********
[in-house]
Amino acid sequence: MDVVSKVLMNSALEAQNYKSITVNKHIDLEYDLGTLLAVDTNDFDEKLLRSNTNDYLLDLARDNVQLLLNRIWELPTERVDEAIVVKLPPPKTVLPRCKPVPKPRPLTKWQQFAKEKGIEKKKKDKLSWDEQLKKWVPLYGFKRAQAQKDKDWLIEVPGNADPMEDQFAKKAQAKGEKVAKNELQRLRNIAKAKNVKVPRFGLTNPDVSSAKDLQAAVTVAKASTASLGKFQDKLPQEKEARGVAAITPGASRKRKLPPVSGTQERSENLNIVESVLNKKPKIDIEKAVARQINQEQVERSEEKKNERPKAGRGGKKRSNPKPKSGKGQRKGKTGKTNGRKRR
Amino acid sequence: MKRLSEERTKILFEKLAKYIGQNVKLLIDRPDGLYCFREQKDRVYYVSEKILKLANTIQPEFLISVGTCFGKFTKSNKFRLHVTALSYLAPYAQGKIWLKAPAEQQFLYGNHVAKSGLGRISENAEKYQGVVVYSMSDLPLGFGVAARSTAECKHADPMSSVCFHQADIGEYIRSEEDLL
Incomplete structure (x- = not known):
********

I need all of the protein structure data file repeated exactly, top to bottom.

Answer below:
[in-house]
Amino acid sequence: MDVVSKVLMNSALEAQNYKSITVNKHIDLEYDLGTLLAVDTNDFDEKLLRSNTNDYLLDLARDNVQLLLNRIWELPTERVDEAIVVKLPPPKTVLPRCKPVPKPRPLTKWQQFAKEKGIEKKKKDKLSWDEQLKKWVPLYGFKRAQAQKDKDWLIEVPGNADPMEDQFAKKAQAKGEKVAKNELQRLRNIAKAKNVKVPRFGLTNPDVSSAKDLQAAVTVAKASTASLGKFQDKLPQEKEARGVAAITPGASRKRKLPPVSGTQERSENLNIVESVLNKKPKIDIEKAVARQINQEQVERSEEKKNERPKAGRGGKKRSNPKPKSGKGQRKGKTGKTNGRKRR
Amino acid sequence: MKRLSEERTKILFEKLAKYIGQNVKLLIDRPDGLYCFREQKDRVYYVSEKILKLANTIQPEFLISVGTCFGKFTKSNKFRLHVTALSYLAPYAQGKIWLKAPAEQQFLYGNHVAKSGLGRISENAEKYQGVVVYSMSDLPLGFGVAARSTAECKHADPMSSVCFHQADIGEYIRSEEDLL
Incomplete structure (x- = not known):